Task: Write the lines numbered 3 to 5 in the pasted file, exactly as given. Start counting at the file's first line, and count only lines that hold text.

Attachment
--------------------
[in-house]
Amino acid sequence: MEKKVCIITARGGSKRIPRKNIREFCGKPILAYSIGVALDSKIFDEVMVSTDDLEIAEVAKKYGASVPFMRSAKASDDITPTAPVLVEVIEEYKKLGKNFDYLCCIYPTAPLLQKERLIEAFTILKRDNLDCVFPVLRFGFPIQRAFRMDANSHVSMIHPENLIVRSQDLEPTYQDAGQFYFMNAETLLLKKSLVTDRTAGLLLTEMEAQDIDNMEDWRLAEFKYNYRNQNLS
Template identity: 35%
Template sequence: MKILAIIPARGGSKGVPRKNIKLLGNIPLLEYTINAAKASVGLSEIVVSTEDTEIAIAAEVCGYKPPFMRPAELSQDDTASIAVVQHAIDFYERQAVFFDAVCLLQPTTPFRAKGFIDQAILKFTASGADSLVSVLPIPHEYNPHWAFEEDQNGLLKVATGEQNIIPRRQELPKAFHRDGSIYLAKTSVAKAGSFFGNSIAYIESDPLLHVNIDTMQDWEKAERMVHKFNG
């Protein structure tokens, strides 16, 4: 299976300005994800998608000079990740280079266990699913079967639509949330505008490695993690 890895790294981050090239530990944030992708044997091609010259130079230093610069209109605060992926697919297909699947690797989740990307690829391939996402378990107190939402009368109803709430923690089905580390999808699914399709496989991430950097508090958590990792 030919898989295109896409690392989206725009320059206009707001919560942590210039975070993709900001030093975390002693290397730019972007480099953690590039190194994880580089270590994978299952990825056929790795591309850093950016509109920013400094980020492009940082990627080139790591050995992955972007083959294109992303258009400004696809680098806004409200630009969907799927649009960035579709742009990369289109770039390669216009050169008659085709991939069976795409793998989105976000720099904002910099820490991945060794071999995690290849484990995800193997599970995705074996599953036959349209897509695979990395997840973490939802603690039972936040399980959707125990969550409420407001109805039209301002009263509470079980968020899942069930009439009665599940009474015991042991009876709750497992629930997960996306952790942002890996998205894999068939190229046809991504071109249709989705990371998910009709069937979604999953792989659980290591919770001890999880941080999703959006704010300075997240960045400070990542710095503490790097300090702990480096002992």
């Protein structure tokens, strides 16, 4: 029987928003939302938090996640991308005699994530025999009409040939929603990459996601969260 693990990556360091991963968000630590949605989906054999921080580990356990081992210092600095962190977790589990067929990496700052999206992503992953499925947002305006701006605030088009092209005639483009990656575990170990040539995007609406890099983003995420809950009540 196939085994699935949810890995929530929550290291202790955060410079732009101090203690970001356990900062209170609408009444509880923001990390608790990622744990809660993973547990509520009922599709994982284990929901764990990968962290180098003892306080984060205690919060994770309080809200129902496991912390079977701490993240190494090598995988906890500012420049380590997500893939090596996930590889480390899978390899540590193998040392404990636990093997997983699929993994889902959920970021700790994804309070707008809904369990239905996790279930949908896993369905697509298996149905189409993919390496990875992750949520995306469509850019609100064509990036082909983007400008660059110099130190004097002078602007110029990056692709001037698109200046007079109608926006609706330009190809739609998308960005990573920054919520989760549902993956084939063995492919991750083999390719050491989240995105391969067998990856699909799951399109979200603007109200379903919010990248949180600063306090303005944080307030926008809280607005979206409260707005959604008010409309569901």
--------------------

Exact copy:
Template identity: 35%
Template sequence: MKILAIIPARGGSKGVPRKNIKLLGNIPLLEYTINAAKASVGLSEIVVSTEDTEIAIAAEVCGYKPPFMRPAELSQDDTASIAVVQHAIDFYERQAVFFDAVCLLQPTTPFRAKGFIDQAILKFTASGADSLVSVLPIPHEYNPHWAFEEDQNGLLKVATGEQNIIPRRQELPKAFHRDGSIYLAKTSVAKAGSFFGNSIAYIESDPLLHVNIDTMQDWEKAERMVHKFNG
């Protein structure tokens, strides 16, 4: 299976300005994800998608000079990740280079266990699913079967639509949330505008490695993690 890895790294981050090239530990944030992708044997091609010259130079230093610069209109605060992926697919297909699947690797989740990307690829391939996402378990107190939402009368109803709430923690089905580390999808699914399709496989991430950097508090958590990792 030919898989295109896409690392989206725009320059206009707001919560942590210039975070993709900001030093975390002693290397730019972007480099953690590039190194994880580089270590994978299952990825056929790795591309850093950016509109920013400094980020492009940082990627080139790591050995992955972007083959294109992303258009400004696809680098806004409200630009969907799927649009960035579709742009990369289109770039390669216009050169008659085709991939069976795409793998989105976000720099904002910099820490991945060794071999995690290849484990995800193997599970995705074996599953036959349209897509695979990395997840973490939802603690039972936040399980959707125990969550409420407001109805039209301002009263509470079980968020899942069930009439009665599940009474015991042991009876709750497992629930997960996306952790942002890996998205894999068939190229046809991504071109249709989705990371998910009709069937979604999953792989659980290591919770001890999880941080999703959006704010300075997240960045400070990542710095503490790097300090702990480096002992």